B.C. to spray against rising gypsy moth counts

Forestry officials in British Columbia are planning an aerial attack after having found the highest amount of gypsy moth egg masses ever seen in any specific area of the province.

The province’s ministry of forests and range said Wednesday it now has a pesticide use permit to spray 813 acres of mainly agricultural land on the road to Harrison Lake.

The province said it aims to “minimize the risk (gypsy moths) pose to the region’s forests, farms and orchards.”

The gypsy moth is an introduced pest species, with caterpillars that feed on tree leaves. Large gypsy moth populations defoliated sections of forests and residential areas in Ontario and the eastern U.S. in recent years, the province said.

The moths generally hitch rides into B.C. with unwitting escorts, attached to vehicles, recreational equipment and outdoor household articles such as lawn furniture, coming from affected areas in eastern North America.

In this case, the province said Wednesday, trapping and monitoring point to a growing gypsy moth population south of Harrison Hot Springs, about 30 km northeast of Chilliwack. One hundred egg masses were found in the area, which officials said is “the highest amount ever found in one area in the province.”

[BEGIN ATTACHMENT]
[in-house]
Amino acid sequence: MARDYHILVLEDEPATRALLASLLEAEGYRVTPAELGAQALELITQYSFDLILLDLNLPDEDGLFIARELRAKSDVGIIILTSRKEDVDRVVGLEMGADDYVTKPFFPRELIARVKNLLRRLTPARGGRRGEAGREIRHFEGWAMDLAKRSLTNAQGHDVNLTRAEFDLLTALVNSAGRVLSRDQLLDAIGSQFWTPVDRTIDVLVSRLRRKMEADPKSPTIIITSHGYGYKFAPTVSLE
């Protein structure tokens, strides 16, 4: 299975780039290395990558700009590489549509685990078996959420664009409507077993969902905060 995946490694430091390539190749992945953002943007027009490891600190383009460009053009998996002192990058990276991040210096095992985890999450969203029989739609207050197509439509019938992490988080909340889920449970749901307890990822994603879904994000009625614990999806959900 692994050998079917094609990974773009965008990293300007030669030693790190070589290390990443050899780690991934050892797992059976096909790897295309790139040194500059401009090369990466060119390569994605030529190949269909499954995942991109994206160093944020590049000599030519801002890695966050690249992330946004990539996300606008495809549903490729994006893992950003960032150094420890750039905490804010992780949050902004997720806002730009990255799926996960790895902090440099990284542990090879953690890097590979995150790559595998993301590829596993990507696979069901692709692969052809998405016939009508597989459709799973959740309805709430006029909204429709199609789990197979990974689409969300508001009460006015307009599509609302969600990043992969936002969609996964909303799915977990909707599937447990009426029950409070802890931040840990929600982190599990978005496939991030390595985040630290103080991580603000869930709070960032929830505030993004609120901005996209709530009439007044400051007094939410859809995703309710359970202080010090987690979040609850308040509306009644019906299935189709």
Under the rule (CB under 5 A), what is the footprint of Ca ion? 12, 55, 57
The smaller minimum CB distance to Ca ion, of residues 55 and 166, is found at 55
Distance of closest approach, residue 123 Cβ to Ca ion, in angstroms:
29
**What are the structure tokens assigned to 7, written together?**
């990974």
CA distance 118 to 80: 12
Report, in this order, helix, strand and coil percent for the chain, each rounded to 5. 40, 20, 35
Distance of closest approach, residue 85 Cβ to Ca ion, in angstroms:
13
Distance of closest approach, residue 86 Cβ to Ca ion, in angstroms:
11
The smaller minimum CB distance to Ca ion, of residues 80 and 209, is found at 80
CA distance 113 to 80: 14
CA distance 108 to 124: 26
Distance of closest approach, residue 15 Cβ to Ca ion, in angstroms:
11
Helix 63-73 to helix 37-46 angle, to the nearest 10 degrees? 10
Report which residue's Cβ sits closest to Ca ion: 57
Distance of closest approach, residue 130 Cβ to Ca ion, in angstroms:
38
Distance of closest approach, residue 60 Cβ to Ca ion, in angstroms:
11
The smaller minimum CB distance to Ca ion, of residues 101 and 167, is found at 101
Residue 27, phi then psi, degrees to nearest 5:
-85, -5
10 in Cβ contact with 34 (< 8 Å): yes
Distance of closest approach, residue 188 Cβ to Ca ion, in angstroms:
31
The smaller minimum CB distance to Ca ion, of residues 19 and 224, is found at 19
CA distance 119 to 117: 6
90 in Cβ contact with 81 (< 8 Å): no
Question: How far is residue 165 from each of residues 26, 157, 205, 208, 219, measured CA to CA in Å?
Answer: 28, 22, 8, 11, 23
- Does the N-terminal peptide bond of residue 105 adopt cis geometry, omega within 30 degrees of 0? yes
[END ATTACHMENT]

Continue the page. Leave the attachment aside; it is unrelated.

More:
The province said it plans to have up to four aerial applications of Foray 48B between April 25 and June 30 to control the moths. The exact application dates will depend on suitable weather.

Foray 48B is approved for use on organic farms and includes the naturally-occurring Bacillus thuringiensis var kurstaki (Btk) as its active ingredient.

Btk, the province said, does not harm humans, other mammals, birds, fish, plants, reptiles, amphibians, bees or other insects and only affects caterpillars after they have ingested it. It’s been approved for control of gypsy moth larvae in Canada since 1961.

The province noted that it treated areas on Saltspring Island and at Saltair on Vancouver Island with ground applications of Foray 48B in spring last year. Neither of those locations require treatment in 2009, the ministry said Wednesday.

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